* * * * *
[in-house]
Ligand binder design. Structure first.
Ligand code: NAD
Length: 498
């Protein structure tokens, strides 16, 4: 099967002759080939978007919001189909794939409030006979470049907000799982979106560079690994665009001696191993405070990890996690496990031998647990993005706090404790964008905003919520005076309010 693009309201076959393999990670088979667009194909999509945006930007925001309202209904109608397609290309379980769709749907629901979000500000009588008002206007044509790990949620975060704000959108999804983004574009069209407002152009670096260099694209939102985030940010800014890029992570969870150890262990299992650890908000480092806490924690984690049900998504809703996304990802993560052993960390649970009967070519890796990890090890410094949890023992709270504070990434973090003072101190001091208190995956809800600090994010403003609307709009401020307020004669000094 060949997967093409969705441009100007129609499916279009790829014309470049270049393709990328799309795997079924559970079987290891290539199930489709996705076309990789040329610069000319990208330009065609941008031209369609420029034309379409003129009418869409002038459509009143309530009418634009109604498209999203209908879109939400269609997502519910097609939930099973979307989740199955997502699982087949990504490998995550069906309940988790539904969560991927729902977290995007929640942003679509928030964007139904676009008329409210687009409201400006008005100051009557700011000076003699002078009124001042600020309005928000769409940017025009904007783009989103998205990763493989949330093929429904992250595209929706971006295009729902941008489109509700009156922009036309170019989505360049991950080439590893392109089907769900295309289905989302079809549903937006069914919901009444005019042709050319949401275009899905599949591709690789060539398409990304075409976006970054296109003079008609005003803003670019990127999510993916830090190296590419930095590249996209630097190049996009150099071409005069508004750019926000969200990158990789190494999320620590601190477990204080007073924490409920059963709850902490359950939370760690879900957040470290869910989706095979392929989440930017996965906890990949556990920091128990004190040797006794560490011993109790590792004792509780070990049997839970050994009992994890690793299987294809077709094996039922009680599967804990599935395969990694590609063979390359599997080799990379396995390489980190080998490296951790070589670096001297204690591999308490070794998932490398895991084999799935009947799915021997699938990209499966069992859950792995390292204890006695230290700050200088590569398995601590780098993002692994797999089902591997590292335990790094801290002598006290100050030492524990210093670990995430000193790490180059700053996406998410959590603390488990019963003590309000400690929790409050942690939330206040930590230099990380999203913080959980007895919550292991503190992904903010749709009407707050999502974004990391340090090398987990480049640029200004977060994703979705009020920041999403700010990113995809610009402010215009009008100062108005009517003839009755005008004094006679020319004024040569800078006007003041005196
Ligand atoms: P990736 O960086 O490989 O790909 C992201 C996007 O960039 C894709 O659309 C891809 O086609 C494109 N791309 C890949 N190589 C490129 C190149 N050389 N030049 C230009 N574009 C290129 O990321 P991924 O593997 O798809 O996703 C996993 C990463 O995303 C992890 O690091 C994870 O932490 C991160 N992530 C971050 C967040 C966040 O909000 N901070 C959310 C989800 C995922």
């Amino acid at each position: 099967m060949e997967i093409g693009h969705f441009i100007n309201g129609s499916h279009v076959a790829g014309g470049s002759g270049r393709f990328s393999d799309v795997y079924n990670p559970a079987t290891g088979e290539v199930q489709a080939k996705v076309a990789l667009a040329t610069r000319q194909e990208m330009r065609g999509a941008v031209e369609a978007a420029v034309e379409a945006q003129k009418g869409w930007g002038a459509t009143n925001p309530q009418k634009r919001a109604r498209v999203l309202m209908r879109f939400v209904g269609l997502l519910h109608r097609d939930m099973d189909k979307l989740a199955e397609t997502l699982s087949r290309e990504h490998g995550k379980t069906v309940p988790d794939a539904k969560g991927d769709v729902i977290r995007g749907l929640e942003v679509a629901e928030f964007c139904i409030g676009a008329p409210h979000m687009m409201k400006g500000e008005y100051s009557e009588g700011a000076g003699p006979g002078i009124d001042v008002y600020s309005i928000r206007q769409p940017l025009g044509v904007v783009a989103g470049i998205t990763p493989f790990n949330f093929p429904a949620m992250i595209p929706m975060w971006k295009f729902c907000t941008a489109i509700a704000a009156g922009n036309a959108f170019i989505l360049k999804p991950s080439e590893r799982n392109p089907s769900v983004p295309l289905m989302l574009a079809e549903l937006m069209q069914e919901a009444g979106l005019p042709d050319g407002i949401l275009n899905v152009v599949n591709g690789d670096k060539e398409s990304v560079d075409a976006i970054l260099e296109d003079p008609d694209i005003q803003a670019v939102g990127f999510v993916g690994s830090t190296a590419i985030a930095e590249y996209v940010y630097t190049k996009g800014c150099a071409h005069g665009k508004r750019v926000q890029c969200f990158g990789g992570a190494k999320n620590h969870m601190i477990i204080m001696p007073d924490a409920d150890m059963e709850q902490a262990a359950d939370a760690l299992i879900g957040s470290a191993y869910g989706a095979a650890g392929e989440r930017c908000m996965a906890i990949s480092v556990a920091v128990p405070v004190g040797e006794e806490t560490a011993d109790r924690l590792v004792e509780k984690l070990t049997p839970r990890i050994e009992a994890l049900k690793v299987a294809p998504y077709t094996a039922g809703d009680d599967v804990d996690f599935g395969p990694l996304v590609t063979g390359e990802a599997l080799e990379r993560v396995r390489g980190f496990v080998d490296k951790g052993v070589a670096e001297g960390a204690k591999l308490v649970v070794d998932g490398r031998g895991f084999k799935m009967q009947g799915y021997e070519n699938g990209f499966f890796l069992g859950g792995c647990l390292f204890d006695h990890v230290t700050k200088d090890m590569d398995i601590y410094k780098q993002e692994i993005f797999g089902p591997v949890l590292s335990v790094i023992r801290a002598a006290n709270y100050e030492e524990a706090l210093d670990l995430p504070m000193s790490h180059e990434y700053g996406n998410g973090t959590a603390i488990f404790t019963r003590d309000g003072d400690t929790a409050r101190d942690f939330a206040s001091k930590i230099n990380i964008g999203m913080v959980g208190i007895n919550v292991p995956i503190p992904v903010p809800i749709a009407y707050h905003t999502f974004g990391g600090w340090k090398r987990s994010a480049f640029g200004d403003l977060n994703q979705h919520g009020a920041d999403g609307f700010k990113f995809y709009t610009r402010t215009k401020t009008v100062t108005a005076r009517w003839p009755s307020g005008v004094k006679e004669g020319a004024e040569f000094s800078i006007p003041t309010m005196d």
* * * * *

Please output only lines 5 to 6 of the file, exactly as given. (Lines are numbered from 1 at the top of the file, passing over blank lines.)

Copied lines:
């Protein structure tokens, strides 16, 4: 099967002759080939978007919001189909794939409030006979470049907000799982979106560079690994665009001696191993405070990890996690496990031998647990993005706090404790964008905003919520005076309010 693009309201076959393999990670088979667009194909999509945006930007925001309202209904109608397609290309379980769709749907629901979000500000009588008002206007044509790990949620975060704000959108999804983004574009069209407002152009670096260099694209939102985030940010800014890029992570969870150890262990299992650890908000480092806490924690984690049900998504809703996304990802993560052993960390649970009967070519890796990890090890410094949890023992709270504070990434973090003072101190001091208190995956809800600090994010403003609307709009401020307020004669000094 060949997967093409969705441009100007129609499916279009790829014309470049270049393709990328799309795997079924559970079987290891290539199930489709996705076309990789040329610069000319990208330009065609941008031209369609420029034309379409003129009418869409002038459509009143309530009418634009109604498209999203209908879109939400269609997502519910097609939930099973979307989740199955997502699982087949990504490998995550069906309940988790539904969560991927729902977290995007929640942003679509928030964007139904676009008329409210687009409201400006008005100051009557700011000076003699002078009124001042600020309005928000769409940017025009904007783009989103998205990763493989949330093929429904992250595209929706971006295009729902941008489109509700009156922009036309170019989505360049991950080439590893392109089907769900295309289905989302079809549903937006069914919901009444005019042709050319949401275009899905599949591709690789060539398409990304075409976006970054296109003079008609005003803003670019990127999510993916830090190296590419930095590249996209630097190049996009150099071409005069508004750019926000969200990158990789190494999320620590601190477990204080007073924490409920059963709850902490359950939370760690879900957040470290869910989706095979392929989440930017996965906890990949556990920091128990004190040797006794560490011993109790590792004792509780070990049997839970050994009992994890690793299987294809077709094996039922009680599967804990599935395969990694590609063979390359599997080799990379396995390489980190080998490296951790070589670096001297204690591999308490070794998932490398895991084999799935009947799915021997699938990209499966069992859950792995390292204890006695230290700050200088590569398995601590780098993002692994797999089902591997590292335990790094801290002598006290100050030492524990210093670990995430000193790490180059700053996406998410959590603390488990019963003590309000400690929790409050942690939330206040930590230099990380999203913080959980007895919550292991503190992904903010749709009407707050999502974004990391340090090398987990480049640029200004977060994703979705009020920041999403700010990113995809610009402010215009009008100062108005009517003839009755005008004094006679020319004024040569800078006007003041005196
Ligand atoms: P990736 O960086 O490989 O790909 C992201 C996007 O960039 C894709 O659309 C891809 O086609 C494109 N791309 C890949 N190589 C490129 C190149 N050389 N030049 C230009 N574009 C290129 O990321 P991924 O593997 O798809 O996703 C996993 C990463 O995303 C992890 O690091 C994870 O932490 C991160 N992530 C971050 C967040 C966040 O909000 N901070 C959310 C989800 C995922």